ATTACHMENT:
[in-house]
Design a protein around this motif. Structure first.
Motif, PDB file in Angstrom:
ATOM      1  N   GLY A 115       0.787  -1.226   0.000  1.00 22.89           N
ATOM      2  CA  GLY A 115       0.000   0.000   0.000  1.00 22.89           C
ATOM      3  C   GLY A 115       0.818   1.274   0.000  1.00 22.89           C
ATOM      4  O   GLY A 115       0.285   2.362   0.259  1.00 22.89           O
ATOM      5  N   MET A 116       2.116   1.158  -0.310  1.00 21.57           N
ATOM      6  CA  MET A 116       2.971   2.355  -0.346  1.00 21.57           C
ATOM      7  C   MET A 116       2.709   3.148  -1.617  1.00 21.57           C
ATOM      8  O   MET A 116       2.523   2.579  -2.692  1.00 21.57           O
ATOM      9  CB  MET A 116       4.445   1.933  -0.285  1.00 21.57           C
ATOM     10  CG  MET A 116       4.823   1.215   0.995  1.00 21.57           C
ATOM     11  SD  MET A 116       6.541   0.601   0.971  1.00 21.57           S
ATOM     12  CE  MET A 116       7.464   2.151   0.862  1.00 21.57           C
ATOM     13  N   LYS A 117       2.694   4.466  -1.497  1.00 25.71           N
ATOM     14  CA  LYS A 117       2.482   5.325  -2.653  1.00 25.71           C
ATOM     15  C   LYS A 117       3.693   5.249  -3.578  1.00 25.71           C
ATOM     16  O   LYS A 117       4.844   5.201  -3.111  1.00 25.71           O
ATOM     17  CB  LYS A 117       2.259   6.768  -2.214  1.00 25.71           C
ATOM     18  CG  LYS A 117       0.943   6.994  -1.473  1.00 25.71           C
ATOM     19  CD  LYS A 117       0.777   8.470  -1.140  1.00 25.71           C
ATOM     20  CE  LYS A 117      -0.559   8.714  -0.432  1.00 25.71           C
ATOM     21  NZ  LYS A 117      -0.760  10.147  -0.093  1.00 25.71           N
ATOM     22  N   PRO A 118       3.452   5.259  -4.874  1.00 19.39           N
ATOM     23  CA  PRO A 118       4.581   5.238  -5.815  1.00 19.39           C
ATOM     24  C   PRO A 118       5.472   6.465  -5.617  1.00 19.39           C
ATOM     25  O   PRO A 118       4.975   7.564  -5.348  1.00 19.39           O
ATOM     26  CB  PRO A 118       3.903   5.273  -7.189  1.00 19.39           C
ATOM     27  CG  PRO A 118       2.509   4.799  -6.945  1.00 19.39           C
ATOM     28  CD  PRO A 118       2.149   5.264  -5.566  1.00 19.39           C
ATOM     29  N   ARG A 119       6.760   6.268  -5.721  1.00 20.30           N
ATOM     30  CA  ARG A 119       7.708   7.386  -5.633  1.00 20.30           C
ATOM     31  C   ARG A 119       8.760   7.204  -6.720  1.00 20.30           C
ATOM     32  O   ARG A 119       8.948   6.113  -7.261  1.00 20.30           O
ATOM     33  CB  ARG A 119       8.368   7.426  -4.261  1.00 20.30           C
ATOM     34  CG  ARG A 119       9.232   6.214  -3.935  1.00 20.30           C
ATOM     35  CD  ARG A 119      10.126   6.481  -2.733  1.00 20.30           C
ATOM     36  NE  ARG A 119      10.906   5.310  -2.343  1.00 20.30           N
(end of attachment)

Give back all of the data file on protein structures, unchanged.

[in-house]
Design a protein around this motif. Structure first.
Motif, PDB file in Angstrom:
ATOM      1  N   GLY A 115       0.787  -1.226   0.000  1.00 22.89           N
ATOM      2  CA  GLY A 115       0.000   0.000   0.000  1.00 22.89           C
ATOM      3  C   GLY A 115       0.818   1.274   0.000  1.00 22.89           C
ATOM      4  O   GLY A 115       0.285   2.362   0.259  1.00 22.89           O
ATOM      5  N   MET A 116       2.116   1.158  -0.310  1.00 21.57           N
ATOM      6  CA  MET A 116       2.971   2.355  -0.346  1.00 21.57           C
ATOM      7  C   MET A 116       2.709   3.148  -1.617  1.00 21.57           C
ATOM      8  O   MET A 116       2.523   2.579  -2.692  1.00 21.57           O
ATOM      9  CB  MET A 116       4.445   1.933  -0.285  1.00 21.57           C
ATOM     10  CG  MET A 116       4.823   1.215   0.995  1.00 21.57           C
ATOM     11  SD  MET A 116       6.541   0.601   0.971  1.00 21.57           S
ATOM     12  CE  MET A 116       7.464   2.151   0.862  1.00 21.57           C
ATOM     13  N   LYS A 117       2.694   4.466  -1.497  1.00 25.71           N
ATOM     14  CA  LYS A 117       2.482   5.325  -2.653  1.00 25.71           C
ATOM     15  C   LYS A 117       3.693   5.249  -3.578  1.00 25.71           C
ATOM     16  O   LYS A 117       4.844   5.201  -3.111  1.00 25.71           O
ATOM     17  CB  LYS A 117       2.259   6.768  -2.214  1.00 25.71           C
ATOM     18  CG  LYS A 117       0.943   6.994  -1.473  1.00 25.71           C
ATOM     19  CD  LYS A 117       0.777   8.470  -1.140  1.00 25.71           C
ATOM     20  CE  LYS A 117      -0.559   8.714  -0.432  1.00 25.71           C
ATOM     21  NZ  LYS A 117      -0.760  10.147  -0.093  1.00 25.71           N
ATOM     22  N   PRO A 118       3.452   5.259  -4.874  1.00 19.39           N
ATOM     23  CA  PRO A 118       4.581   5.238  -5.815  1.00 19.39           C
ATOM     24  C   PRO A 118       5.472   6.465  -5.617  1.00 19.39           C
ATOM     25  O   PRO A 118       4.975   7.564  -5.348  1.00 19.39           O
ATOM     26  CB  PRO A 118       3.903   5.273  -7.189  1.00 19.39           C
ATOM     27  CG  PRO A 118       2.509   4.799  -6.945  1.00 19.39           C
ATOM     28  CD  PRO A 118       2.149   5.264  -5.566  1.00 19.39           C
ATOM     29  N   ARG A 119       6.760   6.268  -5.721  1.00 20.30           N
ATOM     30  CA  ARG A 119       7.708   7.386  -5.633  1.00 20.30           C
ATOM     31  C   ARG A 119       8.760   7.204  -6.720  1.00 20.30           C
ATOM     32  O   ARG A 119       8.948   6.113  -7.261  1.00 20.30           O
ATOM     33  CB  ARG A 119       8.368   7.426  -4.261  1.00 20.30           C
ATOM     34  CG  ARG A 119       9.232   6.214  -3.935  1.00 20.30           C
ATOM     35  CD  ARG A 119      10.126   6.481  -2.733  1.00 20.30           C
ATOM     36  NE  ARG A 119      10.906   5.310  -2.343  1.00 20.30           N